It's pretty rare that quarterback Tom Brady takes a back seat on the stat sheet to the running game, but although it was an above-average performance for No. 12, the talented Mr. Ridley stole the headlines in New England's season-opening win, 34-13.
His stats tell a large part of the story. He racked up 125 yards rushing on 21 carries, adding a two-yard plunge for a touchdown. He also reeled in two receptions for 27 yards.
He showed great vision, finding the holes and hitting them with conviction. What he did once he got past the line of scrimmage was what we haven't seen from the Patriots backfield in a long time.
If the Patriots were looking to get more big plays out of their backfield, they have to be pleased. Ridley had runs of 17, 17, 15, 15 and 14 yards, along with a 20-yard reception on a short pass.
Most importantly? No fumbles.
This was a coming-out party for Ridley, but he didn't do it on his own. There was solid blocking off the left side by tight end Rob Gronkowski, and Ridley made a few of his bigger runs on the perimeter.
And it just wouldn't be fair to talk about the running back's performance without acknowledging a job well done by the Patriots' interior defensive line. The Titans' starting defensive line didn't feature a single body weighing more than 300 pounds, and the Patriots took advantage with some solid runs up the middle.
"It always starts up front," said Patriots head coach Bill Belichick after the win. "I think our offensive line did a good job. We had some good holes, backs ran hard, Stevan ran hard, broke some tackles, our tight ends, offensive line and receivers blocked, so it was a good complementary game.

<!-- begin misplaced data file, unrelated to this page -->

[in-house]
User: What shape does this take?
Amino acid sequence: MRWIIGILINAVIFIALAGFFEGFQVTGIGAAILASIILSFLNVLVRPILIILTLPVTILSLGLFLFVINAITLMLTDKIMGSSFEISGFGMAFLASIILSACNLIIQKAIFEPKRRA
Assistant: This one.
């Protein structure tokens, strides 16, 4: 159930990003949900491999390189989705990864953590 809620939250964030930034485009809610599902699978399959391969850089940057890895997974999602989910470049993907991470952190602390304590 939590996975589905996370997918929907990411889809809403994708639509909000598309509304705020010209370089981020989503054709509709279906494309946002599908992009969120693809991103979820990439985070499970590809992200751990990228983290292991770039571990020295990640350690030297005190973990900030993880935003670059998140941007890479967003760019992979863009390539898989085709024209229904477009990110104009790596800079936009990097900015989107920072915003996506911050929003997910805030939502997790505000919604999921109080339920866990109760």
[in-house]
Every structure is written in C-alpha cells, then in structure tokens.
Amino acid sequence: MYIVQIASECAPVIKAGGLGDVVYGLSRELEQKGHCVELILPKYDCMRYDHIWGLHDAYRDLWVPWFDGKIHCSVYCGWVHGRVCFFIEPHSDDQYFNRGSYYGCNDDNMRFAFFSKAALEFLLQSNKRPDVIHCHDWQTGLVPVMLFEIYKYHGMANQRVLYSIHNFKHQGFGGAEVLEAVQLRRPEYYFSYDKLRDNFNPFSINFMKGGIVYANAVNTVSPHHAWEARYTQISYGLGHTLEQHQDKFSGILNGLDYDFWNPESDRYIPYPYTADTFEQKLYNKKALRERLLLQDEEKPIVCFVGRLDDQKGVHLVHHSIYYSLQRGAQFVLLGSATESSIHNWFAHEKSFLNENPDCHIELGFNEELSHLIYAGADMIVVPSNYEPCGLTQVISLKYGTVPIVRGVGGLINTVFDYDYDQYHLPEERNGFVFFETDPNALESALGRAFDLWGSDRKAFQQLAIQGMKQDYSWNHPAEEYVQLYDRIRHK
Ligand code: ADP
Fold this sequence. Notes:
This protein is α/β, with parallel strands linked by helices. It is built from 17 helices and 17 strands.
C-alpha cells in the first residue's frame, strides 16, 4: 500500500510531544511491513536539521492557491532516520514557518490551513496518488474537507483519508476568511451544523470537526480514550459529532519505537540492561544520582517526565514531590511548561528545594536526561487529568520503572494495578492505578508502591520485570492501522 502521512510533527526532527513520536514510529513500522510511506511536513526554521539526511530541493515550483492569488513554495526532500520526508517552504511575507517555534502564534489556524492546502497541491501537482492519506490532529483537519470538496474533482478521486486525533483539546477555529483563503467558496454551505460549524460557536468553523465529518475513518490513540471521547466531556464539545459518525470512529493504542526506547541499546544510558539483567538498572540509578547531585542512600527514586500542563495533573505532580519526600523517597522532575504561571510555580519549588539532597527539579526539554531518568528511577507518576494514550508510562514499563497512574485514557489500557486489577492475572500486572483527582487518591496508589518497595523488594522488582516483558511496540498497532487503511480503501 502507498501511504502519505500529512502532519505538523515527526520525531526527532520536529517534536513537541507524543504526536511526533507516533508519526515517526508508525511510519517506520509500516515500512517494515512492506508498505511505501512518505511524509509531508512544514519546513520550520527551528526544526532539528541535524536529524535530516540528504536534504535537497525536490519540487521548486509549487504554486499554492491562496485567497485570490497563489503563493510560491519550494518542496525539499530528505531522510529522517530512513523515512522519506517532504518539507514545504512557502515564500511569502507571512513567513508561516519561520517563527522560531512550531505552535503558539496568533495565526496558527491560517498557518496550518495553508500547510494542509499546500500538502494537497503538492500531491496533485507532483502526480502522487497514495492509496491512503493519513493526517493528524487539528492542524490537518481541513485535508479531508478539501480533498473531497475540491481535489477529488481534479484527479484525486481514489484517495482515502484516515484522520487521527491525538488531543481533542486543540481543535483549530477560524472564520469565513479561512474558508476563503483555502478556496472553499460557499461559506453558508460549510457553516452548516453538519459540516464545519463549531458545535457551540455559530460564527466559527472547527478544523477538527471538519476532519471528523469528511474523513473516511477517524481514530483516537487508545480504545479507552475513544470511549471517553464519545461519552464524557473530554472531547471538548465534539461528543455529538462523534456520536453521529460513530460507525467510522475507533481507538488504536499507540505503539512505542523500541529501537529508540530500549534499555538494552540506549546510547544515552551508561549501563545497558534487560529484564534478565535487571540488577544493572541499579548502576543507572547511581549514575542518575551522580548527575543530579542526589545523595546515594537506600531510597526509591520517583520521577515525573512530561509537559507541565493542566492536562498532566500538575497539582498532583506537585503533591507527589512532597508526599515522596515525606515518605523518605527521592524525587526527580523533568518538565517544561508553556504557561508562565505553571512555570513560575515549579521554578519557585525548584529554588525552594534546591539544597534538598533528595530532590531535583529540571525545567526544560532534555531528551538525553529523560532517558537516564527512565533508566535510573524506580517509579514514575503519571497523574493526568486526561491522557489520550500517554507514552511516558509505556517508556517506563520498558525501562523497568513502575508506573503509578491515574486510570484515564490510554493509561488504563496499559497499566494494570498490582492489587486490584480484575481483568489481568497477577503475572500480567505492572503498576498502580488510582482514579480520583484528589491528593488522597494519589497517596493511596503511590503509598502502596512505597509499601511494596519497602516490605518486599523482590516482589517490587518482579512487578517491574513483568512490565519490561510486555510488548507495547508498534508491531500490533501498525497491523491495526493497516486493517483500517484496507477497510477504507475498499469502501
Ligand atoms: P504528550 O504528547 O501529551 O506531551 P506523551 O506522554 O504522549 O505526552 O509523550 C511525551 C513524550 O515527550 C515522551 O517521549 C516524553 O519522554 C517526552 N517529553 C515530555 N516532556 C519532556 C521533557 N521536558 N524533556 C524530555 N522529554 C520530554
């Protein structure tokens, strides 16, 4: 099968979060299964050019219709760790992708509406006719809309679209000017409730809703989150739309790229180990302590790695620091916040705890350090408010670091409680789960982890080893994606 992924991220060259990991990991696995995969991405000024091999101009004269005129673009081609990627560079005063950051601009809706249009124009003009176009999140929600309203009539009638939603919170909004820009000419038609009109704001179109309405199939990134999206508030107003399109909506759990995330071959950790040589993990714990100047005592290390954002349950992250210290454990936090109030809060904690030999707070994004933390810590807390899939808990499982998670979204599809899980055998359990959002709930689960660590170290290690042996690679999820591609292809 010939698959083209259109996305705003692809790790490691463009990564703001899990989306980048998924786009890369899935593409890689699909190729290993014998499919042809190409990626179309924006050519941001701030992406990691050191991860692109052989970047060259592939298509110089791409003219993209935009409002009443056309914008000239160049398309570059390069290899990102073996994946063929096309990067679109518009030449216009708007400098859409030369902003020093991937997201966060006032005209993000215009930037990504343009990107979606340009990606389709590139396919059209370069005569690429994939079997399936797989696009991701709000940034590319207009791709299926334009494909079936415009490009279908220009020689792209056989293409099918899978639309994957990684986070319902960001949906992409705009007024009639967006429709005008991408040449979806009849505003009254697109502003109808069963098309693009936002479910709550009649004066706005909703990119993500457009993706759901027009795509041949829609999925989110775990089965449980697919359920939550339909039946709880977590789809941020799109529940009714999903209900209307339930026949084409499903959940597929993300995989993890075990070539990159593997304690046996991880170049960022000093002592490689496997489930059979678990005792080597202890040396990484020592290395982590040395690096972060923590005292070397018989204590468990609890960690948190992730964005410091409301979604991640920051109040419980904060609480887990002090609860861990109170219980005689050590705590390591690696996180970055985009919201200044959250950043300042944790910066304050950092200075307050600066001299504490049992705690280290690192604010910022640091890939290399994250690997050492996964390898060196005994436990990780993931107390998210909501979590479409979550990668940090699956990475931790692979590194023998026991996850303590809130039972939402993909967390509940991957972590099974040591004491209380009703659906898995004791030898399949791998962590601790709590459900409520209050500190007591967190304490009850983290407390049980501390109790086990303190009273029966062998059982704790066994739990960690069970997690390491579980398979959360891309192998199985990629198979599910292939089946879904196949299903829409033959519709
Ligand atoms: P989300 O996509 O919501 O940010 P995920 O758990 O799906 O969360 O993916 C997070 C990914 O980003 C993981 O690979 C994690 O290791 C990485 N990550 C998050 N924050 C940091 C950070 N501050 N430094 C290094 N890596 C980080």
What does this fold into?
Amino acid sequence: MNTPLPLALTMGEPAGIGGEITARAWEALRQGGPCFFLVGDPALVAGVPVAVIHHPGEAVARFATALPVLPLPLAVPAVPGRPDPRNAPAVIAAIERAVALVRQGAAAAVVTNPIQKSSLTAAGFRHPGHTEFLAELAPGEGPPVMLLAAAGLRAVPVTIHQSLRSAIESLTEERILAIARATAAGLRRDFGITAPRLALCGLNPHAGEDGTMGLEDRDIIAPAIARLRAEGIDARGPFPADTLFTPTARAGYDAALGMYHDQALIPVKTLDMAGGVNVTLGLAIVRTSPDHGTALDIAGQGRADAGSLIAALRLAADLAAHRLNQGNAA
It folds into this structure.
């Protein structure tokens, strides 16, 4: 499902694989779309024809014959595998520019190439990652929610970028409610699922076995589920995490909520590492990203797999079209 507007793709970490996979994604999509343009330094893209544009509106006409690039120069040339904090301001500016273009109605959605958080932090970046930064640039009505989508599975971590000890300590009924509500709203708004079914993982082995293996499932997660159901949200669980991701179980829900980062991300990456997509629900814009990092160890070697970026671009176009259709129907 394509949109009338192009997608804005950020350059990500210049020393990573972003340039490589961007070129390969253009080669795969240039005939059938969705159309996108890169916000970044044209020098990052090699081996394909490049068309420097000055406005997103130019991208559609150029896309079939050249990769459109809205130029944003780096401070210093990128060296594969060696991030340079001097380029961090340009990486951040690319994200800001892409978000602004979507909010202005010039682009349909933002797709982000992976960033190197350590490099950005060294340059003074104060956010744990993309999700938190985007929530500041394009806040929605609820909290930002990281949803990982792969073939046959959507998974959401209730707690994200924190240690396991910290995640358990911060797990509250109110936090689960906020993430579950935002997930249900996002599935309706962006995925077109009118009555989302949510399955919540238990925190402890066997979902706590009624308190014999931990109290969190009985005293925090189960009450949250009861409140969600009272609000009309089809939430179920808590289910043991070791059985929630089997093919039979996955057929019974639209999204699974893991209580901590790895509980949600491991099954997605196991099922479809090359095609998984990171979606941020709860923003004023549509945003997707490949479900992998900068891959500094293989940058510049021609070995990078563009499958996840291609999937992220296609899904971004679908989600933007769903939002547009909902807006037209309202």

Perhaps the best thing Ridley did on Sunday was bouncing off the tackles, breaking tackles and shaking defenders, as Belichick alluded.
His ability to break big runs adds yet another element to an already explosive Patriots offense. When the Patriots struggled last year, it was because they couldn't execute in the running game when opponents knew to expect it.
The Patriots' ability to execute in those situations is the first step in forcing opponents to respect the threat of an explosive running game. A possible trickle-down effect may be felt by the tight ends. If linebackers are focused on stopping the run, that will only help the tight ends get open on play-action passes.
After the Patriots' aerial assault ruled the skies in 2011, Ridley's performance was the first step in making the Patriots one of the most well-rounded offenses in the league in 2012. At the very least, it put the rest of the league on notice that the New England offense isn't a one-trick pony.
Erik Frenz is the AFC East lead blogger for Bleacher Report. Be sure to follow Erik on Twitter and "like" the AFC East blog on Facebook to keep up with all the updates. Unless specified otherwise, all quotes are obtained firsthand.